Being a natural pessimist I wrote recently about the terrible state of University websites aiming to attract students interested in HCI and design. With many of the academic websites there appears to be a consistent contradiction in that these institutions are purporting to be ‘centres for excellence’ on one hand while displaying anything but excellence on the other. Examining many of the examples out there I felt that these examples were a worrying indication that many of these courses and their approaches teach one thing but practice the opposite. The end user experience leaving students rather underwhelmed and providing little experience to make the student sit up and take notice.

In the ever wonderful Smashing Magazine, a magazine which often has a much more optimistic view on matters of design, they have just written about the many positive examples of University and higher education websites. There are some truly excellent examples in there and for the moment at least have reduced my pessimism a little about the state of academic websites. These examples of web design and careful construction of the information architecture lead to an end user experiences that are beacons of light in a rather dark room.

In these examples it shows that in some cases the guards are being carefully looked after with the result being an environment worthy of teaching and inspiring those who visit.

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  • http://twitter.com/uxredgate Red Gate UX

    Interesting post – I especially like the conclusion: ‘use A/B testing to make sure we haven’t inadvertently caused conversions to plummet!’. I think the new product page looks much better and is kinder to the user (less cluttered, information arranged logically etc) so it needn’t be necessary to prove an uplift in conversion, rather just prove it doesn’t perform worse!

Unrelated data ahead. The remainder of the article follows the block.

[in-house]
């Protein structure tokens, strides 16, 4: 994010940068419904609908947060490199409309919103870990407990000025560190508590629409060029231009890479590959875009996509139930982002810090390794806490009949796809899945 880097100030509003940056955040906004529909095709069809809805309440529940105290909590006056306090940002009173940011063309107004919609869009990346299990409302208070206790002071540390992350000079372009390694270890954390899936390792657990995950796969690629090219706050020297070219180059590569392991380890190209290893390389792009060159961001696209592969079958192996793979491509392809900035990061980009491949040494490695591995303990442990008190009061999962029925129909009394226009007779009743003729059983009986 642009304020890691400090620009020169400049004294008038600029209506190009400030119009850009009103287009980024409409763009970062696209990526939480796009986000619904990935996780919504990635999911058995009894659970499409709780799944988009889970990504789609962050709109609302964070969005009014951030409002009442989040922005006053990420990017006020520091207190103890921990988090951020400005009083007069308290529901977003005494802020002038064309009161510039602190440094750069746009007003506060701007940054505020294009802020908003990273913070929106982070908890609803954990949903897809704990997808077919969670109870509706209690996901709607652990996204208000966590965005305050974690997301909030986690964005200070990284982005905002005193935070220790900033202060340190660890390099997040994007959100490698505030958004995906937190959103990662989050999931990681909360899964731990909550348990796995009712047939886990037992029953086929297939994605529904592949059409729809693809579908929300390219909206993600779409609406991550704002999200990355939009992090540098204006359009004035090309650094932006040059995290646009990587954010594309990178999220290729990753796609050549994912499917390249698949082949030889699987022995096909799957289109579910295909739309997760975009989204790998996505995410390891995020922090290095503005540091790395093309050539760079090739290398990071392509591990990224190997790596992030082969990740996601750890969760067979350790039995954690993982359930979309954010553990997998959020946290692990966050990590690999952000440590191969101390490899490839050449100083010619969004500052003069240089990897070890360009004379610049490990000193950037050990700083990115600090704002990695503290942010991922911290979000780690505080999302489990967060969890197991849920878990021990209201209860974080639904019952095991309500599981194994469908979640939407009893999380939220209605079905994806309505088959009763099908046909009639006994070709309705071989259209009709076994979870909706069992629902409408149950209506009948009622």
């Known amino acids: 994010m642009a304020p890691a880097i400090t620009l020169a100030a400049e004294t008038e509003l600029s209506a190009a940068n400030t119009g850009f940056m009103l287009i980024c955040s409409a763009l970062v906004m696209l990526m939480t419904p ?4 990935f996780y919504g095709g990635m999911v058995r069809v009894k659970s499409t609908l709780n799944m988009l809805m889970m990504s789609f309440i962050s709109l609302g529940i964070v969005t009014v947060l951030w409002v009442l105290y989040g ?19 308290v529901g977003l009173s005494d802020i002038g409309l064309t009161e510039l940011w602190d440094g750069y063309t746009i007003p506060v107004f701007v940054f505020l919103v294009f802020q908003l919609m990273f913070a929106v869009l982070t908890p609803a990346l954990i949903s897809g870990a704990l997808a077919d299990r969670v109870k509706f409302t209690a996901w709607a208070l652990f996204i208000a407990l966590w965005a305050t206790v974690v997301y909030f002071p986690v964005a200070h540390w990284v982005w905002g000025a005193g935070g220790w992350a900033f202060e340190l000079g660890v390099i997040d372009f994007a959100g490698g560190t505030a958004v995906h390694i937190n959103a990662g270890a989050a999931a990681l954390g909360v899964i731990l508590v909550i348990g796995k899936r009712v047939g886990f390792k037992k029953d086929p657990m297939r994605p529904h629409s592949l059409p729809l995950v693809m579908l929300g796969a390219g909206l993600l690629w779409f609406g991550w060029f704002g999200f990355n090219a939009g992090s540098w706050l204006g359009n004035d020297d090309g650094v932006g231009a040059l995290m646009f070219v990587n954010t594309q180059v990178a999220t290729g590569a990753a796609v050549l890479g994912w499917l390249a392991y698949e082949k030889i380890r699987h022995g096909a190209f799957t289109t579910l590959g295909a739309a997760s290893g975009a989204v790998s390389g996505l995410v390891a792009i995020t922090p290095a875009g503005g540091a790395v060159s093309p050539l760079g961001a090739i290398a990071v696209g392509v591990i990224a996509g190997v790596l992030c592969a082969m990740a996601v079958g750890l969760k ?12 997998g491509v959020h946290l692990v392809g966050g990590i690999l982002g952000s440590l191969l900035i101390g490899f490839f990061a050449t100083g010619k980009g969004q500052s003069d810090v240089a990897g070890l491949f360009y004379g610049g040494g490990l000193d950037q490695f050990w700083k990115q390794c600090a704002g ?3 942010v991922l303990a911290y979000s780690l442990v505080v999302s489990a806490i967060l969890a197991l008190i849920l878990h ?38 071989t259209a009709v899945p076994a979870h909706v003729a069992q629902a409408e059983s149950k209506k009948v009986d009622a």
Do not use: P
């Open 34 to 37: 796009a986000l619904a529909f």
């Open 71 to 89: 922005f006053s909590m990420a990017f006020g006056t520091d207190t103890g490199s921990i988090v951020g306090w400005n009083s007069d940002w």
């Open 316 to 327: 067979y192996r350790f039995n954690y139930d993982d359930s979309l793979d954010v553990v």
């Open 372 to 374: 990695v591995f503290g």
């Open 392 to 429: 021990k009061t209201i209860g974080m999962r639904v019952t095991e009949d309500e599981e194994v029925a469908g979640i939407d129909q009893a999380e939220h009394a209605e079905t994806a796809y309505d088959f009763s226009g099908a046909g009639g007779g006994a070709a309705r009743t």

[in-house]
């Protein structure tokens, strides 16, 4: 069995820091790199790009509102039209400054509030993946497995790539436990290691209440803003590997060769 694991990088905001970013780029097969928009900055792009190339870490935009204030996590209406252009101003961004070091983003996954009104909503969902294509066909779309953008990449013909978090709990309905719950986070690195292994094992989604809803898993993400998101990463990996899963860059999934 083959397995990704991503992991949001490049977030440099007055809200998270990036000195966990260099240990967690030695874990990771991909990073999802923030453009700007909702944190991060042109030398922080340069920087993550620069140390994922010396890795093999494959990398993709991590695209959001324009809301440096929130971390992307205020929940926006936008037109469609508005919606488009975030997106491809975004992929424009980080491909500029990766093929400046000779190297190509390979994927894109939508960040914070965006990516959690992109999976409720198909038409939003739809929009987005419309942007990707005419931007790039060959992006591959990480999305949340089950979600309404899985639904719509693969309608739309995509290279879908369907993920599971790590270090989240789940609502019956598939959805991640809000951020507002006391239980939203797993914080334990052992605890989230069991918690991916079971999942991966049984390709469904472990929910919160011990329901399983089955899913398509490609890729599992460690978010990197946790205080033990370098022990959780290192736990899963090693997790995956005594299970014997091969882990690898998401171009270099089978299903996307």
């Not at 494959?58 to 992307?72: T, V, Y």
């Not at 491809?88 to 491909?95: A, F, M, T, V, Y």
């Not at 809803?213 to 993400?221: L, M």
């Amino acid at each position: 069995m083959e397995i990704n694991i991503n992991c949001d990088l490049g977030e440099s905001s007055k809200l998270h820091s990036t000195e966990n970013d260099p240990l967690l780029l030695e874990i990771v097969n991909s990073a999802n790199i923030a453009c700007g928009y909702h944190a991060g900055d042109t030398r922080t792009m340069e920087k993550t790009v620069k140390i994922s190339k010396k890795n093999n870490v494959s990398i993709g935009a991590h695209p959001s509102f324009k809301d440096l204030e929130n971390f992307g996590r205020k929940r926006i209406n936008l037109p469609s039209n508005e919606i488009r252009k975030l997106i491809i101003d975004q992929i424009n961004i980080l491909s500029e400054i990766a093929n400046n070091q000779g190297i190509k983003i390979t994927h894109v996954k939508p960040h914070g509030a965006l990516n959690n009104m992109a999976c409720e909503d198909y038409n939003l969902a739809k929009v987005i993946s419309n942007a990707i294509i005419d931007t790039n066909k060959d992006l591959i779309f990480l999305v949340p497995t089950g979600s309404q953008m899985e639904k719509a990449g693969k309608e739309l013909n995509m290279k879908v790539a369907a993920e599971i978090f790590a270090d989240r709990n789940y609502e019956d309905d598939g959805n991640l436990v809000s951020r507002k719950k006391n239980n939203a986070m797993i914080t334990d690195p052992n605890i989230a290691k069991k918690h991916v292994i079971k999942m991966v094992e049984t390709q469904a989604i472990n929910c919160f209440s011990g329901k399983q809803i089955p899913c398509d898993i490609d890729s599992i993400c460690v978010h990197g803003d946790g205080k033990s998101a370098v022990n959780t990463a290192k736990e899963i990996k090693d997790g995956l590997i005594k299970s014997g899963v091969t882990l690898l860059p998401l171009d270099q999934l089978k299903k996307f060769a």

• http://twitter.com/AdamAntacid Adam

    Interesting post – I especially like the conclusion: ‘use A/B testing to make sure we haven’t inadvertently caused conversions to plummet!’. I think the new product page looks much better and is kinder to the user (less cluttered, information arranged logically etc) so it needn’t be necessary to prove an uplift in conversion, rather just prove it doesn’t perform worse!

  • Guest

    Why don’t you guys remove the requirement to enter an email address? Why put up obstacles? And besides, how many g3rhgwrwgrw@gergwergw.com emails do you get in your db?

    • Anonymous

      Do you mean in the download process?

      We have run several experiments in the past and the results have been inconclusive. We’ll definitely revisit the form again in the future. There’s a balance between end user experience, number of downloads and lead quality to be struck.